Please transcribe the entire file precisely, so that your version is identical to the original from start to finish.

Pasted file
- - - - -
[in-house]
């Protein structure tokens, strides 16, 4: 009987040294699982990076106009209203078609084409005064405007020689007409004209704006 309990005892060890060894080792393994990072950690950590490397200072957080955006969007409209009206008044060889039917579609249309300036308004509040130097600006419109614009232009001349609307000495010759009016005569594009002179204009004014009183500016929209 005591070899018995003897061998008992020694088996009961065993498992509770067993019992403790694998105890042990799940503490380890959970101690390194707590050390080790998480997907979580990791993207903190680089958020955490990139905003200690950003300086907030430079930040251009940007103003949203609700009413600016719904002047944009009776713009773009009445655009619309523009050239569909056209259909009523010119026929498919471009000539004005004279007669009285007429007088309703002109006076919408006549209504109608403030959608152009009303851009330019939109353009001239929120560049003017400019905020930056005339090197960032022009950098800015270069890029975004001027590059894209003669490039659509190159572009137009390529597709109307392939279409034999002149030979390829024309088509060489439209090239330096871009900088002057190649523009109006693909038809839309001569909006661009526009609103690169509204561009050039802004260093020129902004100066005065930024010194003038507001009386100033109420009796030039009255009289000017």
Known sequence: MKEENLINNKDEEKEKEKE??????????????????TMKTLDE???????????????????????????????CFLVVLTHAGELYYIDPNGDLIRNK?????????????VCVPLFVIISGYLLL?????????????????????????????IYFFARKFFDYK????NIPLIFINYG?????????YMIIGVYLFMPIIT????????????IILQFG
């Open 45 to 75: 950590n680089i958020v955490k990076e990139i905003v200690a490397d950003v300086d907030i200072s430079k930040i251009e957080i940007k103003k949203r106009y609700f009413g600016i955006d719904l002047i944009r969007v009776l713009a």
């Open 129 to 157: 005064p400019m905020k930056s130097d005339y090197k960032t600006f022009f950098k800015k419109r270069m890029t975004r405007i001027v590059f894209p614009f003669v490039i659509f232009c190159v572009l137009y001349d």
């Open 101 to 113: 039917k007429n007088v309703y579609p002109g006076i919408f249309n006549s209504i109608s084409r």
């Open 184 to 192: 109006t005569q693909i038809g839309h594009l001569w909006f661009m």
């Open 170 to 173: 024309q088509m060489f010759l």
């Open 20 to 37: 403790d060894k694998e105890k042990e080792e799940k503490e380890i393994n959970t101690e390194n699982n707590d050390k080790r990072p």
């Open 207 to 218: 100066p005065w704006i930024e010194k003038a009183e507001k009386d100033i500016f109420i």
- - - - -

[in-house]
């Protein structure tokens, strides 16, 4: 009987040294699982990076106009209203078609084409005064405007020689007409004209704006 309990005892060890060894080792393994990072950690950590490397200072957080955006969007409209009206008044060889039917579609249309300036308004509040130097600006419109614009232009001349609307000495010759009016005569594009002179204009004014009183500016929209 005591070899018995003897061998008992020694088996009961065993498992509770067993019992403790694998105890042990799940503490380890959970101690390194707590050390080790998480997907979580990791993207903190680089958020955490990139905003200690950003300086907030430079930040251009940007103003949203609700009413600016719904002047944009009776713009773009009445655009619309523009050239569909056209259909009523010119026929498919471009000539004005004279007669009285007429007088309703002109006076919408006549209504109608403030959608152009009303851009330019939109353009001239929120560049003017400019905020930056005339090197960032022009950098800015270069890029975004001027590059894209003669490039659509190159572009137009390529597709109307392939279409034999002149030979390829024309088509060489439209090239330096871009900088002057190649523009109006693909038809839309001569909006661009526009609103690169509204561009050039802004260093020129902004100066005065930024010194003038507001009386100033109420009796030039009255009289000017």
Known sequence: MKEENLINNKDEEKEKEKE??????????????????TMKTLDE???????????????????????????????CFLVVLTHAGELYYIDPNGDLIRNK?????????????VCVPLFVIISGYLLL?????????????????????????????IYFFARKFFDYK????NIPLIFINYG?????????YMIIGVYLFMPIIT????????????IILQFG
């Open 45 to 75: 950590n680089i958020v955490k990076e990139i905003v200690a490397d950003v300086d907030i200072s430079k930040i251009e957080i940007k103003k949203r106009y609700f009413g600016i955006d719904l002047i944009r969007v009776l713009a």
């Open 129 to 157: 005064p400019m905020k930056s130097d005339y090197k960032t600006f022009f950098k800015k419109r270069m890029t975004r405007i001027v590059f894209p614009f003669v490039i659509f232009c190159v572009l137009y001349d």
């Open 101 to 113: 039917k007429n007088v309703y579609p002109g006076i919408f249309n006549s209504i109608s084409r």
């Open 184 to 192: 109006t005569q693909i038809g839309h594009l001569w909006f661009m």
């Open 170 to 173: 024309q088509m060489f010759l």
């Open 20 to 37: 403790d060894k694998e105890k042990e080792e799940k503490e380890i393994n959970t101690e390194n699982n707590d050390k080790r990072p």
């Open 207 to 218: 100066p005065w704006i930024e010194k003038a009183e507001k009386d100033i500016f109420i």